I have sat through many pre- and post-observation meetings, discussing my strengths and weaknesses. I’ve analyzed the language in the Danielson Framework for Teaching and broken down each of the domains. If you are ever having a hard time falling asleep at night, I highly recommend reading up on the Danielson Framework. You’ll be out before you finish 1a) Demonstrating Knowledge of Content and Pedagogy. I’ve collected the data, analyzed it, and completed formal write-ups. The math teacher in me secretly loves the data part of it just a little bit. I’ve debated 3’s and 4’s, proficient and excellent. I’ve questioned what I can do better, do more of. I’ve self-evaluated my strengths and weaknesses. The former straight-A student in me spent a few hours of my life that I’ll never get back realizing that the only way to get that allusive “Excellent” across the board is to give up sleeping, eating, socializing, and probably just take up a full time residence in my classroom.

Now don’t get me wrong. I think evaluating, reflecting, and remembering that there is always room for growth and improvement. In year 6 of teaching, I see how far I have come from year 1 and how far I could go. I would do a thousand things differently, but I also recognize all that I have done that I am proud of in my classroom. Heck, that’s a part of 4a) Reflecting on Teaching!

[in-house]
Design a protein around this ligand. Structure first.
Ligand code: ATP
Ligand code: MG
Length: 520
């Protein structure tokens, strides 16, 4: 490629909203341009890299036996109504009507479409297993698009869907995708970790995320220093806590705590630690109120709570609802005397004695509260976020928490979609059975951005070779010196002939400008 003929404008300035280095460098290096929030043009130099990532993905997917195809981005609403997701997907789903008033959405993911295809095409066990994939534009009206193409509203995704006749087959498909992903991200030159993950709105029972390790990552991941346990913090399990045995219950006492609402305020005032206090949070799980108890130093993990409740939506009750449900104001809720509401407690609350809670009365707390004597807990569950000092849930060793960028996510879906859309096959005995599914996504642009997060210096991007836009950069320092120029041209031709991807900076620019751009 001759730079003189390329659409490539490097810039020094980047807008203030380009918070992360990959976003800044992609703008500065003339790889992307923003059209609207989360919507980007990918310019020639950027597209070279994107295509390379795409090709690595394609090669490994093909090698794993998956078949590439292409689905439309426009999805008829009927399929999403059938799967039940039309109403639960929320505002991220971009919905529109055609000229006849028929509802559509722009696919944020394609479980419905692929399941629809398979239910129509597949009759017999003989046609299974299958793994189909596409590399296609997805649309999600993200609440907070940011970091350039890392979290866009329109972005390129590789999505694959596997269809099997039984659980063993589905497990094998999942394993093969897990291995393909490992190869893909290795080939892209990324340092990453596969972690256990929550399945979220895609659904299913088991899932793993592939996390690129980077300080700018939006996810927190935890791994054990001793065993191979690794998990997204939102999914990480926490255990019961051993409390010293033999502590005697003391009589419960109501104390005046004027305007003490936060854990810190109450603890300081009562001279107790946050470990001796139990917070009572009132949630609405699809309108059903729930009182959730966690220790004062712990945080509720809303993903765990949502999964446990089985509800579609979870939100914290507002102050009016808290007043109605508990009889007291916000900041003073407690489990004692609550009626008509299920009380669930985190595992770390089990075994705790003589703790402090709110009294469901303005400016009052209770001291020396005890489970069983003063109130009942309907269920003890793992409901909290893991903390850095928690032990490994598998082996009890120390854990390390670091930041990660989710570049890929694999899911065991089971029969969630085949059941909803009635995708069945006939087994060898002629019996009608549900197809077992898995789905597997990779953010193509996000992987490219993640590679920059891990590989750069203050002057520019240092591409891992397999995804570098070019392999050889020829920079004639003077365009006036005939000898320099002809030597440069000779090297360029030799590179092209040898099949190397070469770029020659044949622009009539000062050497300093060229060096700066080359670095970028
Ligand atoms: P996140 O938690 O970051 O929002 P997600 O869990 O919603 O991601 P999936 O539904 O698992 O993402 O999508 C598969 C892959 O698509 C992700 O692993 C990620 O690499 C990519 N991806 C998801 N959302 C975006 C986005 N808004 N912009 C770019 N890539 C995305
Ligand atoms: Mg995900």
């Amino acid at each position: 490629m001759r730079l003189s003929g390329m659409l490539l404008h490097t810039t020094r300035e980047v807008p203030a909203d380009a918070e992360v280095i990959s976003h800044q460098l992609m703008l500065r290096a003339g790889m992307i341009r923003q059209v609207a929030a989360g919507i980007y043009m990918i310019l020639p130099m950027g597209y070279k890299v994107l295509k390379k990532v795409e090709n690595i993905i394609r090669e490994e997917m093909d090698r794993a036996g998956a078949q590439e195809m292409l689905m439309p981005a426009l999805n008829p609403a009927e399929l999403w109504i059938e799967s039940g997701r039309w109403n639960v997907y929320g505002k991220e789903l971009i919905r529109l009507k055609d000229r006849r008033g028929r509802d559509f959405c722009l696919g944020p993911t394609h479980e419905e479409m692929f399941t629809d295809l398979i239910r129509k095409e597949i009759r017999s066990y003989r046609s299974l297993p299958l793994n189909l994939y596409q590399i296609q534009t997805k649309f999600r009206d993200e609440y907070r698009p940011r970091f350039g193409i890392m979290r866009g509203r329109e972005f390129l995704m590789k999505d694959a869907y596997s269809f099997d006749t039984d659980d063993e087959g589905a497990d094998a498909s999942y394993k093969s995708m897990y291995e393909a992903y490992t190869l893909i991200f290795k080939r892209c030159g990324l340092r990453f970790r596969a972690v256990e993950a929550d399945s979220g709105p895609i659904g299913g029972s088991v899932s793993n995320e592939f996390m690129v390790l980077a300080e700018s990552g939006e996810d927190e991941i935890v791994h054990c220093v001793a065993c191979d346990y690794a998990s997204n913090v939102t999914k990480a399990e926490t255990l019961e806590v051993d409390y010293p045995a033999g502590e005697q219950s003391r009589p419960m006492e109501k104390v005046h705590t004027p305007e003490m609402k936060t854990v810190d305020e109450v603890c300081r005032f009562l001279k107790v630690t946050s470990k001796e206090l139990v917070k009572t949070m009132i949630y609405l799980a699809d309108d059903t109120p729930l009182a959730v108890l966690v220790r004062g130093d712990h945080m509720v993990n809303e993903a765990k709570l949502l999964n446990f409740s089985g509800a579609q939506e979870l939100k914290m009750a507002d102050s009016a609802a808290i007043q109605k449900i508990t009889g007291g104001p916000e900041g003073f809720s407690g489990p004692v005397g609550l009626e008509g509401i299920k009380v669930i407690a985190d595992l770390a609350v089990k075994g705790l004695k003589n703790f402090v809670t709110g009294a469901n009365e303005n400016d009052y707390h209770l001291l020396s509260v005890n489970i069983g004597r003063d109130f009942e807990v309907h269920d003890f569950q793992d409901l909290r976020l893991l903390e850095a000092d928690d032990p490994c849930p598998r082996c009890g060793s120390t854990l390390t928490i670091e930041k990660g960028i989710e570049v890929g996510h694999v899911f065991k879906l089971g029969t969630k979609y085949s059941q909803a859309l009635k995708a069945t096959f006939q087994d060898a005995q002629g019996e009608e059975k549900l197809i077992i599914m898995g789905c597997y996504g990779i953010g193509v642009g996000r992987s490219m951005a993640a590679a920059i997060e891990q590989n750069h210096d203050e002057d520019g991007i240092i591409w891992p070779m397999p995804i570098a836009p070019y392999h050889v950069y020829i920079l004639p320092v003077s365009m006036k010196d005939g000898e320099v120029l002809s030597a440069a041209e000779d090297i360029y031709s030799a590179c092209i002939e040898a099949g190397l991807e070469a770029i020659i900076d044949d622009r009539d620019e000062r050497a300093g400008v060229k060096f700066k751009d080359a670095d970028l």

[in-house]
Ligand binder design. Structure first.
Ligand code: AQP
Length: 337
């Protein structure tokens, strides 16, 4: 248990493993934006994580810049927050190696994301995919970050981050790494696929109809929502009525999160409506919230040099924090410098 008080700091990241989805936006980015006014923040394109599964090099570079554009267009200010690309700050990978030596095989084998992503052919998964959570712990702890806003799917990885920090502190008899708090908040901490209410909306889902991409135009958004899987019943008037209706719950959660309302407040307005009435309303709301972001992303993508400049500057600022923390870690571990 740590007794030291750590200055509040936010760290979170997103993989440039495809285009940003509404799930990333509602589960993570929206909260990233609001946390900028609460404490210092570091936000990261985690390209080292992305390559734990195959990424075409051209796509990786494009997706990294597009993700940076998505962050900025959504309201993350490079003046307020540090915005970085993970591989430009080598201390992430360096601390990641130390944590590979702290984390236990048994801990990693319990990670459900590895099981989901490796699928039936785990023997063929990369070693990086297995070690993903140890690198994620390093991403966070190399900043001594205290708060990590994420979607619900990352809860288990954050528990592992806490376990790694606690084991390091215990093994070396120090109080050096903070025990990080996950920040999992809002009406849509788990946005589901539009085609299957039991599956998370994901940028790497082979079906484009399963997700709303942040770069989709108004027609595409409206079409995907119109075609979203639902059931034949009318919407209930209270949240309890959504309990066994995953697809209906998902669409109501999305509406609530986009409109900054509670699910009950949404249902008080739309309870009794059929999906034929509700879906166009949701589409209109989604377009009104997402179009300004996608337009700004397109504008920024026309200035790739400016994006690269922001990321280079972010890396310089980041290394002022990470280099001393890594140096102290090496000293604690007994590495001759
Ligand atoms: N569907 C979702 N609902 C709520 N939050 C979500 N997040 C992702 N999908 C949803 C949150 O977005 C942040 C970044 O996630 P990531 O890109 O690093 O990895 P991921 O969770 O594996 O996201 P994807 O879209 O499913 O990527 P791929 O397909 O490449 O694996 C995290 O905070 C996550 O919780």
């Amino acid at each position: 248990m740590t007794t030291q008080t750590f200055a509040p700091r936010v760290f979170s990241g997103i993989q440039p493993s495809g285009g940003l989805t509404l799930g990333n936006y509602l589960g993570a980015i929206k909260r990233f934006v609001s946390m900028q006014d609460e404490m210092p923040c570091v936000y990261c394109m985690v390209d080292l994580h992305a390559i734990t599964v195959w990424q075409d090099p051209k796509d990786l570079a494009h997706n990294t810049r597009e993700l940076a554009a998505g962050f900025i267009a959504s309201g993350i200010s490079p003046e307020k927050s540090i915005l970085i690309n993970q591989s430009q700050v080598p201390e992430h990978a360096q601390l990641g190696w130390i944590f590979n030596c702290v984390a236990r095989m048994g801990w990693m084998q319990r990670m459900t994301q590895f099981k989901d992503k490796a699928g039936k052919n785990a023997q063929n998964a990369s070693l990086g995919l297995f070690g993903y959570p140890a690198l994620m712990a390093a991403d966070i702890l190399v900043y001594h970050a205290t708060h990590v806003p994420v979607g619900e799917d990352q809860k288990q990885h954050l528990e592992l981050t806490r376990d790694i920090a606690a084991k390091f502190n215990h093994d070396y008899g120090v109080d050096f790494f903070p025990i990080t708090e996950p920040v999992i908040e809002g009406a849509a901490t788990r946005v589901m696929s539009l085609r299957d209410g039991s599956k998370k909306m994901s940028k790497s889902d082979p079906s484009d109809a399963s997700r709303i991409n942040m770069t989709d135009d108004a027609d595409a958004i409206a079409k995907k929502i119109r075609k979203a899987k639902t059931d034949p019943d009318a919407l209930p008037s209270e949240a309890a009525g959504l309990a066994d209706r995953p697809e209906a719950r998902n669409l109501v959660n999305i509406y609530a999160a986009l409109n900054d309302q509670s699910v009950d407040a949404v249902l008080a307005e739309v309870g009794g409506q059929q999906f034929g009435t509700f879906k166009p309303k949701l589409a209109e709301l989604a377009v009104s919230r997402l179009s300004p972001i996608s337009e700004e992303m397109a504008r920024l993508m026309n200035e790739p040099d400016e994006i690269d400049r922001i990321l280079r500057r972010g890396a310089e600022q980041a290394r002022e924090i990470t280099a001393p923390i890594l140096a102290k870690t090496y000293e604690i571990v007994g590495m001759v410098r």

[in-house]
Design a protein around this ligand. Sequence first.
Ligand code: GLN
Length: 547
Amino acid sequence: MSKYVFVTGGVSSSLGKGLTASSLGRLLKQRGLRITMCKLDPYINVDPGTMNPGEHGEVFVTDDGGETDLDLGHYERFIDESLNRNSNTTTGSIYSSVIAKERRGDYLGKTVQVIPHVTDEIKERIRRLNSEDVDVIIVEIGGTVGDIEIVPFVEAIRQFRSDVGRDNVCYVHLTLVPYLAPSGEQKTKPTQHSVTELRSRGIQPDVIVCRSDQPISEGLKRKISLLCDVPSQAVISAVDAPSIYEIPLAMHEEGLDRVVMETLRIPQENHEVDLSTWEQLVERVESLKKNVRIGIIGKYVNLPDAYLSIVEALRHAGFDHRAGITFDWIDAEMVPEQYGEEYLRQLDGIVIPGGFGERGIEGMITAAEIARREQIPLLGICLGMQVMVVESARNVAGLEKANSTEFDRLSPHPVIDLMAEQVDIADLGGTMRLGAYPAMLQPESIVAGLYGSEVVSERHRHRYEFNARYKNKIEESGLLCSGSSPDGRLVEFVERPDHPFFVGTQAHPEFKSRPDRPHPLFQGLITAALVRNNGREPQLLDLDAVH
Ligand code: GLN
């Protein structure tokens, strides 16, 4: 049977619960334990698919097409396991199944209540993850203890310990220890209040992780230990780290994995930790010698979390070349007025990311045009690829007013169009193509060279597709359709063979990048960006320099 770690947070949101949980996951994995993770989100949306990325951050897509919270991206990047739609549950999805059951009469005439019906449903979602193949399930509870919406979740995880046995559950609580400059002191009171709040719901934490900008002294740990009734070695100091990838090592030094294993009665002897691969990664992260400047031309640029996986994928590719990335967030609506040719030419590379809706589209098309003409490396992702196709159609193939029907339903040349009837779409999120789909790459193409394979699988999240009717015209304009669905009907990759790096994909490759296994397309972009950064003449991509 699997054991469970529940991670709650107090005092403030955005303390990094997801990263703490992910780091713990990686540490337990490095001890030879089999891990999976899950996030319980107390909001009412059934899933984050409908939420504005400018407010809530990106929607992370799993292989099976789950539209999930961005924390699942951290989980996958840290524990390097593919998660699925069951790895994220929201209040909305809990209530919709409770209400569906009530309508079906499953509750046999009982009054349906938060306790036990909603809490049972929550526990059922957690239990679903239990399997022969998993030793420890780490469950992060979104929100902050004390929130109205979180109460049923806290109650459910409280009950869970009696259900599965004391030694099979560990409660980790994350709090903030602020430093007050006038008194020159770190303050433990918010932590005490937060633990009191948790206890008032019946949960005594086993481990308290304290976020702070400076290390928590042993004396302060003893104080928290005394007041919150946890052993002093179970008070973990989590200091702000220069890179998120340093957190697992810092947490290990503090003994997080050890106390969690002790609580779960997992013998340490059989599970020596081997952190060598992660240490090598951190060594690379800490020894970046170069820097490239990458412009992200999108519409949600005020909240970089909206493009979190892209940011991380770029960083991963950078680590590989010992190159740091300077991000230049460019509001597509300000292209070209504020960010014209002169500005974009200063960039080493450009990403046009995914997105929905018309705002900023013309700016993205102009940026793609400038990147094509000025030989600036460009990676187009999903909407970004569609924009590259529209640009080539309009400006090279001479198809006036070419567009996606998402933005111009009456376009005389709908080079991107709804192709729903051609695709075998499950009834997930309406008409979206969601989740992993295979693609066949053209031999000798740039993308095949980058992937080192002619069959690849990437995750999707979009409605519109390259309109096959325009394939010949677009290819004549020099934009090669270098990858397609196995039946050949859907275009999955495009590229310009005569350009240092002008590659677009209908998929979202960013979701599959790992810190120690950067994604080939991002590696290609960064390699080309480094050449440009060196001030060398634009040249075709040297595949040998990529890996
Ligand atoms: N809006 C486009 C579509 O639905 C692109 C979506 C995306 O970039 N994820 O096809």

However, reflecting on the evaluation process has me reevaluating what is most important in my classroom. Sure, my students better be learning a heck of a lot math. While they are doing that, I hope I am helping them become critical thinkers, problem solvers, effective communicators, and ethical, life-long learners. But sometimes I need to remind myself that some of the most important things in my classroom can’t be checked off of a to-do list. They don’t show up in one of the four domains. They are little, unmeasurable things that can’t fit nicely into a rubric. That might make them all the more important to do.